“No law, varying the compensation for the services of the Senators and Representatives, shall take effect, until an election of Representatives shall have intervened.”
Senators Bill Nelson (D-FL) and Claire McCaskill (D-MO) introduced a bill today that would force members of Congress to take pay cuts equal to the cuts affecting other government agencies under sequestration. This proposal is likely to be hugely popular with the American people. What’s the problem with this plan? It’s clearly unconstitutional, as well as simply being a bad idea.
The 27th Amendment to the U.S. Constitution (posted above) makes it unconstitutional for congressional pay to be changed until an election has taken place. While ratified in 1992, this amendment was originally proposed as part of the Bill of Rights and was supported by James Madison.
Madison supported this amendment because he did not want members to vote themselves a huge pay raise before the voters were allowed a chance to register their approval or disapproval of Congress. To quote Madison, “there is a seeming impropriety in leaving any set of men without control to put their hand into the public coffers, to take out money to put in their pockets.”
This amendment also protects members of Congress who express minority opinions on legislation or nominations. Imagine this scenario: The majority in Congress wants to pass a bill that it has the votes for, but it wants to look bipartisan in passing the bill. The speaker goes to the minority leader and says, “Have your members vote yes on my bill or we will vote to cut the pay of minority party members by half.” Seem implausible? Maybe, but the 27th Amendment is an important protection against the tyranny of the majority.
In addition to being unconstitutional, cutting the pay of members of Congress is a misplaced (albeit popular) reform. While the $174,000 salary that members of Congress receive is certainly a decent salary, it is not excessive if one considers the other potential job options for members of Congress. Who can forget the million dollars that former-Senator Jim DeMint (R-SC) has been offered to run the Heritage Foundation? Dozens of other examples exist of members getting huge pay raises to work as lobbyists or other positions in the private sector after leaving Congress.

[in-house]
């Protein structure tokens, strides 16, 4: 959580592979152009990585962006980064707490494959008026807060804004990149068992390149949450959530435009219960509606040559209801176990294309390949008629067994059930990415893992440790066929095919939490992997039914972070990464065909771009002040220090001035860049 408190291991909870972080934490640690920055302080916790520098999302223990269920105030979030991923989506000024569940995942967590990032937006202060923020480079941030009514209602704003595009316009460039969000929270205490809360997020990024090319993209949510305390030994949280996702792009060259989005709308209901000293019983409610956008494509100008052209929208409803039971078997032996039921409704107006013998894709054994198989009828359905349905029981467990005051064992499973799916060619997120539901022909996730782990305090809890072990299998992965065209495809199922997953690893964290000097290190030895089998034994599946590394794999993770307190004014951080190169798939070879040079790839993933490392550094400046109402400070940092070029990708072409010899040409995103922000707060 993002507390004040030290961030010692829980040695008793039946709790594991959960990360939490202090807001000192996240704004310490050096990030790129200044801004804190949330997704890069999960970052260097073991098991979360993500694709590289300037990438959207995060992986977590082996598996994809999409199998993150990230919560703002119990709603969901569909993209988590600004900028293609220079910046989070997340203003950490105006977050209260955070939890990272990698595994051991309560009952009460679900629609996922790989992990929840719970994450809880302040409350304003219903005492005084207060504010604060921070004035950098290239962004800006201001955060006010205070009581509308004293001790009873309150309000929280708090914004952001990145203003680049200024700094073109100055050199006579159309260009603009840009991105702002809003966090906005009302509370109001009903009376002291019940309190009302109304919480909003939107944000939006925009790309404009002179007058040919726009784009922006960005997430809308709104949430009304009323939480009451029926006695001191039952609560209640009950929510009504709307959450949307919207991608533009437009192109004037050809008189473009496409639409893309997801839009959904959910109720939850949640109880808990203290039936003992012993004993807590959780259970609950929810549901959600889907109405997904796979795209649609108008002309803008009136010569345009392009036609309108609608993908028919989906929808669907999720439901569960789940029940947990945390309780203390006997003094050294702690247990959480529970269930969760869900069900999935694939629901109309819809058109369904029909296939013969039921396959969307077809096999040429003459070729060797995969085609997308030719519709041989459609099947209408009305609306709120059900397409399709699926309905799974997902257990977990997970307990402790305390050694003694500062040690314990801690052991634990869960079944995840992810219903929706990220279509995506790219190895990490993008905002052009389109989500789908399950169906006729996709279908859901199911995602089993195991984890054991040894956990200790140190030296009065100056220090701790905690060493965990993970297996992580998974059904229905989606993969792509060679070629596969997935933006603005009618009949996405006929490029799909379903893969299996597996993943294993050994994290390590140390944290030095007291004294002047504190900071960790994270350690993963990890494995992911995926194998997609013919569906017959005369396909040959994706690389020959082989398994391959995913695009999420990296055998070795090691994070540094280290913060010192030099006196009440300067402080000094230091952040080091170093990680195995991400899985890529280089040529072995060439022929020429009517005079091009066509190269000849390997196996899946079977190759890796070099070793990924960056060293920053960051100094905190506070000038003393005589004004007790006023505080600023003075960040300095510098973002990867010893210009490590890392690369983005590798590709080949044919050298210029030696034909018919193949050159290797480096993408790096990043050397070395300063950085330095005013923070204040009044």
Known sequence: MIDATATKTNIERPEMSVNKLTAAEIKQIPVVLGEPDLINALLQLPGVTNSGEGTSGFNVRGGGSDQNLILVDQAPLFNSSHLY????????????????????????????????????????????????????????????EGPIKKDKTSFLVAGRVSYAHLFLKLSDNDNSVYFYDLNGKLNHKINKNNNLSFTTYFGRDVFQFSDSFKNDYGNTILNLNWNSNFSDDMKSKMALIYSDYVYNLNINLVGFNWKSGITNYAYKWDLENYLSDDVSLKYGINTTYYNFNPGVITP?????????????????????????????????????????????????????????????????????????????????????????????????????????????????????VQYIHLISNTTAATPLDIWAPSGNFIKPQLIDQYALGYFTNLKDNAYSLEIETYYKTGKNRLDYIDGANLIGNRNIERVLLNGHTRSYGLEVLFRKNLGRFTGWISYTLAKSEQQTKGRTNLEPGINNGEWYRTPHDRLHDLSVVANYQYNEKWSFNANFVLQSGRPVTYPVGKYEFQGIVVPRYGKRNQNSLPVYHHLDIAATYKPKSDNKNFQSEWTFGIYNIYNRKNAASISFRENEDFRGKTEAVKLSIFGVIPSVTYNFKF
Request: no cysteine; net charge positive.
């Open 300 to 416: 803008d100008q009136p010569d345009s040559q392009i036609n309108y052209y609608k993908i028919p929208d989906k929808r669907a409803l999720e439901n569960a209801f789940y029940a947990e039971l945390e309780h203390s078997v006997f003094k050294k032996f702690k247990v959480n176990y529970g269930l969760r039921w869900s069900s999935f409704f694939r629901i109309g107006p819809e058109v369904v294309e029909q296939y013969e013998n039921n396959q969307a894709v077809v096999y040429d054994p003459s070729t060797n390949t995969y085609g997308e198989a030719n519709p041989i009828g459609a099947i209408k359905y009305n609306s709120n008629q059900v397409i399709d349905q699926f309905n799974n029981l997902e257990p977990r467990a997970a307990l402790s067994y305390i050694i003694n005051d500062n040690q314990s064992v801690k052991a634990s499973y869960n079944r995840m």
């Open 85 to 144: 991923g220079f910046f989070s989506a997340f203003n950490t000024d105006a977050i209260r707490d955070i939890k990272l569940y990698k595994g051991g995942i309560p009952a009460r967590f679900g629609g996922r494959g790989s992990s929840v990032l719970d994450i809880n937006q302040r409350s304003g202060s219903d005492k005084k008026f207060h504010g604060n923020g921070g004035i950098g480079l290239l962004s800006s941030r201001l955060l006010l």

As the old saying goes, “You get what you pay for.” If you offer second rate pay to members of Congress, you will get second rate members. (Yes, even worse than now!) In other words, there needs to be a competitive salary for members of Congress in order to maximize the probability of attracting high quality individuals to the job.
Furthermore, if the pay of members of Congress is cut too much, then serving in Congress will become even more difficult for middle and lower income Americans than it is now. Members of Congress have to maintain two residences and must have an extensive professional wardrobe (among other living expenses beyond that of the average American). This isn’t a problem if you are one of the 50 richest members of Congress, but if you are a clean energy expert/advocate, high school teacher, or farmer/gospel music singer then a drastic pay cut might make it financially difficult to serve in Congress. At the very least, such an individual would be unable to build a financial nest egg in case of an election loss, which would disincentivize them from running in the first place.
All in all, a substantial pay cut for members of Congress would serve to make the membership of Congress even less economically representative of the country as a whole than it is now. While some people might be willing to take significant financial sacrifices to serve in Congress, enlightened statesmen will not always be at the helm.
In conclusion, even if you don’t agree that Mr. Nelson and Ms. McCaskill’s proposal is a bad idea, it is clear that it is unconstitutional. And when laws are legitimately unconstitutional, the Supreme Court has a way of striking that whole thing down.
[Note: The title of the article is a pun on the movie“Bill and Ted’s Excellent Adventure.” The final line of this piece is a (hopefully satirical) reference to Rep. Todd Akin’s disastrous comments about “legitimate rape” in the 2012 election.]